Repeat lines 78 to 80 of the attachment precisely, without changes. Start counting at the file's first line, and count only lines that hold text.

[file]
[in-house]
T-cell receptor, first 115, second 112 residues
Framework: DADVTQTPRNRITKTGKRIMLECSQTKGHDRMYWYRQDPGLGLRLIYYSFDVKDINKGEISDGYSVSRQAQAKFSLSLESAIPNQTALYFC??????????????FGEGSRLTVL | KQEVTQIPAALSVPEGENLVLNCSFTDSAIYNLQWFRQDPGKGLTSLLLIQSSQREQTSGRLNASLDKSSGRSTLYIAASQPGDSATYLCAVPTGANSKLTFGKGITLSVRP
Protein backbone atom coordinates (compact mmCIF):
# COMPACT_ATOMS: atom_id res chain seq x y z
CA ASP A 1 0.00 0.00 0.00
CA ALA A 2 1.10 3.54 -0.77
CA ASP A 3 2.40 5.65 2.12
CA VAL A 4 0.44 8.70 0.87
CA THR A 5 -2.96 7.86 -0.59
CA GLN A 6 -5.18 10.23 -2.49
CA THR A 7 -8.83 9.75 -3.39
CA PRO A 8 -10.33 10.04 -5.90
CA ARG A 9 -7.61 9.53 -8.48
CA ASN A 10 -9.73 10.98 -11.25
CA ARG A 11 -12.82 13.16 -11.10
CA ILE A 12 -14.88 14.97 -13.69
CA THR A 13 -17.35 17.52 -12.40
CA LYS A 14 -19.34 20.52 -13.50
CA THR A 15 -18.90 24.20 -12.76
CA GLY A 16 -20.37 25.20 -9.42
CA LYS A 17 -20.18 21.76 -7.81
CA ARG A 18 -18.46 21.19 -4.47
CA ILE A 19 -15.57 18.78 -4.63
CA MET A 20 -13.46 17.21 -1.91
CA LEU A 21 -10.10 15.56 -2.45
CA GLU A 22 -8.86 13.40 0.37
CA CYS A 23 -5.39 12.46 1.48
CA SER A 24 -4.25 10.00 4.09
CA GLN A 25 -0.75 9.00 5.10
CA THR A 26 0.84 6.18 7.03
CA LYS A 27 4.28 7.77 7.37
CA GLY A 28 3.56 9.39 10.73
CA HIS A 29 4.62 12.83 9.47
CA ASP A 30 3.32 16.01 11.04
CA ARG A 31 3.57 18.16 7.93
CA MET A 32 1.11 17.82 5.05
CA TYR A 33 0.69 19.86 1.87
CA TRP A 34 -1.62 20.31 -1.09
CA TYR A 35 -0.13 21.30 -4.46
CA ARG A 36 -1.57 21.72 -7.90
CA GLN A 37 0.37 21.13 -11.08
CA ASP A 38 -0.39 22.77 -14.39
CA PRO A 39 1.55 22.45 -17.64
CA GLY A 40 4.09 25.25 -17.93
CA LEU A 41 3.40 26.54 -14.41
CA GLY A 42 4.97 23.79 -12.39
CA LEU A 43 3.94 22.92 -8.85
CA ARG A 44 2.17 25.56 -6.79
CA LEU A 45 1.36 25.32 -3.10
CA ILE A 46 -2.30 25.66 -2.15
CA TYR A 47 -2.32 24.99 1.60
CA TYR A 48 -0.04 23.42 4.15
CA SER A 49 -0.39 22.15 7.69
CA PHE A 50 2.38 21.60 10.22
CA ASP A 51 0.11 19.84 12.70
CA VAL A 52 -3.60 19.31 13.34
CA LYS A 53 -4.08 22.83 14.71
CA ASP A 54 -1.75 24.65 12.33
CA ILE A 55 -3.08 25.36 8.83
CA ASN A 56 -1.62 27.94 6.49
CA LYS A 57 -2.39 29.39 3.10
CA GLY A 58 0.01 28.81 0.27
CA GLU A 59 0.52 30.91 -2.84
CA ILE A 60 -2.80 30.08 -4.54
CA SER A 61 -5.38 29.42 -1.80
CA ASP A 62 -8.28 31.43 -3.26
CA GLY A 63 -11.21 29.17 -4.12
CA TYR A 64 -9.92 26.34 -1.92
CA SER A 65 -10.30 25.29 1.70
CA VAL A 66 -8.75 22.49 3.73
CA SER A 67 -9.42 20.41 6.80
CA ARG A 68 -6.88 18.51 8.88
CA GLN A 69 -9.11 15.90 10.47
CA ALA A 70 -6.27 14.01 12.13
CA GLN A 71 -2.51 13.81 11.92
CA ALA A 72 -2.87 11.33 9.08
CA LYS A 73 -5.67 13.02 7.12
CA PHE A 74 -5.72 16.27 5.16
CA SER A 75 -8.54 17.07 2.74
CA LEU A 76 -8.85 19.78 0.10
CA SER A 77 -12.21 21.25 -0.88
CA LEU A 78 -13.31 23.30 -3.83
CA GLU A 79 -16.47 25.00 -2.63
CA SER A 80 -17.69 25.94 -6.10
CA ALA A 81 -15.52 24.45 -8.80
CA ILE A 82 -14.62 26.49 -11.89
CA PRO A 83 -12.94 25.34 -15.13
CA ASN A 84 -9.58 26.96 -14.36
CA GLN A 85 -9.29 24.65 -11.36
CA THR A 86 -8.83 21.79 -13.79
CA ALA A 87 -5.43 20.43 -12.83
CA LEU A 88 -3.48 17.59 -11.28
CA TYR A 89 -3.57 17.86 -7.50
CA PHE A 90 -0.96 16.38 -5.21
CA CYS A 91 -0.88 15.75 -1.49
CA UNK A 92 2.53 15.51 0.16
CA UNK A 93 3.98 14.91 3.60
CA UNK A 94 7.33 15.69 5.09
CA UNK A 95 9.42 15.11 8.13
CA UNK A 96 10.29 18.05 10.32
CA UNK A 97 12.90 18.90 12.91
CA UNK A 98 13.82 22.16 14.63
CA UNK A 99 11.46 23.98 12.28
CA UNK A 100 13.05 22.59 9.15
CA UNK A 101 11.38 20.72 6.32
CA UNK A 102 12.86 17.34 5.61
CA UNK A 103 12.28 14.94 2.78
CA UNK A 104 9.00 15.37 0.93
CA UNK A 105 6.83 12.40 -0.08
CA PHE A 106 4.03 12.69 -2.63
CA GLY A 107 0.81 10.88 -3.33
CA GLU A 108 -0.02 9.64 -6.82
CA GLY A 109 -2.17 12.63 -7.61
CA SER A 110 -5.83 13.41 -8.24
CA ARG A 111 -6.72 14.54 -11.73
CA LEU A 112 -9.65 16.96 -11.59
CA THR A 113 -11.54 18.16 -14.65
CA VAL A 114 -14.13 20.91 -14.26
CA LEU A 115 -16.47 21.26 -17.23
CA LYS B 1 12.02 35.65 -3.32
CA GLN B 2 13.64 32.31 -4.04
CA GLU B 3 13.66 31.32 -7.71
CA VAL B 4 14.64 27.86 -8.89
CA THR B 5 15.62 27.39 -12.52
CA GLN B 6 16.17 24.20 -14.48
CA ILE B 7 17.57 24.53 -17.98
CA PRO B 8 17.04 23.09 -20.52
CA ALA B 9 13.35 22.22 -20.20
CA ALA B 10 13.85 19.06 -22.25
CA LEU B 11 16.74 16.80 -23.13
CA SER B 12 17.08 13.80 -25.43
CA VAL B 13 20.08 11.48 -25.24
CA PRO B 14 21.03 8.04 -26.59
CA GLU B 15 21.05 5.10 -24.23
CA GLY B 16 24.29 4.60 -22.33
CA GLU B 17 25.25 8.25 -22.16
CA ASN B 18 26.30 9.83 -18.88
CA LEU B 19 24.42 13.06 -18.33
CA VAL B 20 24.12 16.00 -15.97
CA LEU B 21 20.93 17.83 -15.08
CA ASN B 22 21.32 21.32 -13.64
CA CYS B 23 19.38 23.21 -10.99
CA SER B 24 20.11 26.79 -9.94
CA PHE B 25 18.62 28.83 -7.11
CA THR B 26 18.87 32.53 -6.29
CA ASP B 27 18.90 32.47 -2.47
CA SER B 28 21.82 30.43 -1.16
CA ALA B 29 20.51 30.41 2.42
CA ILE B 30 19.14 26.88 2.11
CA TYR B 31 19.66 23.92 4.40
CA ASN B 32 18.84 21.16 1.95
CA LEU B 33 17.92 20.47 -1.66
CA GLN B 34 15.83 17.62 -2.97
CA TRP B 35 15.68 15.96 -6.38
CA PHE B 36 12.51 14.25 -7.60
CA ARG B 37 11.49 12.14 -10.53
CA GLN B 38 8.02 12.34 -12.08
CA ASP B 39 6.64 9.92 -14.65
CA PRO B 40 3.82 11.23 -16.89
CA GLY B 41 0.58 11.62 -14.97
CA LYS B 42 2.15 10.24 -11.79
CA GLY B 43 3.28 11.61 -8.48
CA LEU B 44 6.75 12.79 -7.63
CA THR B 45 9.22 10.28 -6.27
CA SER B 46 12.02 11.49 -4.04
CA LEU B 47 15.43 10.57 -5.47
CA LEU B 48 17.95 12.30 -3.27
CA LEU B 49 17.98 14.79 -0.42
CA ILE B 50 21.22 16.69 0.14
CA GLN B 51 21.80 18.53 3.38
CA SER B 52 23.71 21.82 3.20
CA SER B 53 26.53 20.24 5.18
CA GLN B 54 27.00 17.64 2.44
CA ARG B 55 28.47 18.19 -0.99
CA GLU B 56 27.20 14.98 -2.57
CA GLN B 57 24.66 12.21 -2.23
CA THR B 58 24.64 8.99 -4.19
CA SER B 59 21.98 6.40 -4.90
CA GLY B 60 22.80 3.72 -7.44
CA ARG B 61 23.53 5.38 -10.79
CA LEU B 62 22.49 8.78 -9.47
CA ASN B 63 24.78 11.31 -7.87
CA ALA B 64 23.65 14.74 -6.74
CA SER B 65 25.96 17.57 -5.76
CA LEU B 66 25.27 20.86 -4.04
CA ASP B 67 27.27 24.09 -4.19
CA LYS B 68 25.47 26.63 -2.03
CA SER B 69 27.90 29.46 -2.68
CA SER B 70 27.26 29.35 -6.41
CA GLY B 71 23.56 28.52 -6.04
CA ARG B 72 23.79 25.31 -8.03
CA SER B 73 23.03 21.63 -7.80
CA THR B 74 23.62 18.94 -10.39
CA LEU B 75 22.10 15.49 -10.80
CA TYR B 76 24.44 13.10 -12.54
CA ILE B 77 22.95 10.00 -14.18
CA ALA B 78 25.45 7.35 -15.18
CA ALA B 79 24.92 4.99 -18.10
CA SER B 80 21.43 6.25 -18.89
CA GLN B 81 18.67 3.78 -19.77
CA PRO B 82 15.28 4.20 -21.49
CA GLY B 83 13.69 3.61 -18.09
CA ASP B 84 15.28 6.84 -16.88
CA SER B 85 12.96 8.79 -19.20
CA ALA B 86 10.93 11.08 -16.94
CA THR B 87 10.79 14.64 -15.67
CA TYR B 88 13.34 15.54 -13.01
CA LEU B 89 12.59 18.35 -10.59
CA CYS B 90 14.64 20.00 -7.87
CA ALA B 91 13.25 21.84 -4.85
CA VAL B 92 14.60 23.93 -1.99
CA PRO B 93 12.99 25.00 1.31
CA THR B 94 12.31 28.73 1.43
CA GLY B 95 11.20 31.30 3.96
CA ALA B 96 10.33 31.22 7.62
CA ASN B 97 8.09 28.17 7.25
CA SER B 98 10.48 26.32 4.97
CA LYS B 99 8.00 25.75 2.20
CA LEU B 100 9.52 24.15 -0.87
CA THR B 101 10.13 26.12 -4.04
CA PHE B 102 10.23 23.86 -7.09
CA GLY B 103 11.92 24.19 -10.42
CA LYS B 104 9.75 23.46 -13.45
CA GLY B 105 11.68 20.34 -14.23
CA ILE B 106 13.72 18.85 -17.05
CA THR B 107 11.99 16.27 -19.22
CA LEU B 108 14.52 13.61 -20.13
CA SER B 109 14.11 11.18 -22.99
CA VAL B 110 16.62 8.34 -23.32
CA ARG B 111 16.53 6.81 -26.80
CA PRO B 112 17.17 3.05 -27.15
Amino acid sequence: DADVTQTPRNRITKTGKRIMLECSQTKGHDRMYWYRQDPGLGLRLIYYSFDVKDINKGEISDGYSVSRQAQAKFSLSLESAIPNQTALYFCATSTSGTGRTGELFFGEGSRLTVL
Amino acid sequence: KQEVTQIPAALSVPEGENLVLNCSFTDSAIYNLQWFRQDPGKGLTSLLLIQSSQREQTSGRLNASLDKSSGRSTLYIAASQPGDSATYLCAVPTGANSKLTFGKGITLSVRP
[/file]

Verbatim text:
CA LYS A 73 -5.67 13.02 7.12
CA PHE A 74 -5.72 16.27 5.16
CA SER A 75 -8.54 17.07 2.74